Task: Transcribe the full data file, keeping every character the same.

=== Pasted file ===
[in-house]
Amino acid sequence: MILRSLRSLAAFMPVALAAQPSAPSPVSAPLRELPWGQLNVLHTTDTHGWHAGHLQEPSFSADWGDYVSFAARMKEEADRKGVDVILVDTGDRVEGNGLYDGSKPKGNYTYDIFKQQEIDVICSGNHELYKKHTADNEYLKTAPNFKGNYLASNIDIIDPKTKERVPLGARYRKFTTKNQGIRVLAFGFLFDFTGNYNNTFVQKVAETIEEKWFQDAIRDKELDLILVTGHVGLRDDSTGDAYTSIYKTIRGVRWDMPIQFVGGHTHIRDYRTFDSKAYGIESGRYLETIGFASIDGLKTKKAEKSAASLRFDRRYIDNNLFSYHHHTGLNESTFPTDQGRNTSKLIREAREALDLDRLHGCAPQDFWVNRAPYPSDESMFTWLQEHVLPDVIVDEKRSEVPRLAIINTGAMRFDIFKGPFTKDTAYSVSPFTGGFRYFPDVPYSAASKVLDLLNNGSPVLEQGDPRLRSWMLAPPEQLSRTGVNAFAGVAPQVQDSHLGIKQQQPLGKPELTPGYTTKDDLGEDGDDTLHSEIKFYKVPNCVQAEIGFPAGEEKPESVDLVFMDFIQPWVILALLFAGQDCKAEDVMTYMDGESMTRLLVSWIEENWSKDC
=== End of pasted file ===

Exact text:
[in-house]
Amino acid sequence: MILRSLRSLAAFMPVALAAQPSAPSPVSAPLRELPWGQLNVLHTTDTHGWHAGHLQEPSFSADWGDYVSFAARMKEEADRKGVDVILVDTGDRVEGNGLYDGSKPKGNYTYDIFKQQEIDVICSGNHELYKKHTADNEYLKTAPNFKGNYLASNIDIIDPKTKERVPLGARYRKFTTKNQGIRVLAFGFLFDFTGNYNNTFVQKVAETIEEKWFQDAIRDKELDLILVTGHVGLRDDSTGDAYTSIYKTIRGVRWDMPIQFVGGHTHIRDYRTFDSKAYGIESGRYLETIGFASIDGLKTKKAEKSAASLRFDRRYIDNNLFSYHHHTGLNESTFPTDQGRNTSKLIREAREALDLDRLHGCAPQDFWVNRAPYPSDESMFTWLQEHVLPDVIVDEKRSEVPRLAIINTGAMRFDIFKGPFTKDTAYSVSPFTGGFRYFPDVPYSAASKVLDLLNNGSPVLEQGDPRLRSWMLAPPEQLSRTGVNAFAGVAPQVQDSHLGIKQQQPLGKPELTPGYTTKDDLGEDGDDTLHSEIKFYKVPNCVQAEIGFPAGEEKPESVDLVFMDFIQPWVILALLFAGQDCKAEDVMTYMDGESMTRLLVSWIEENWSKDC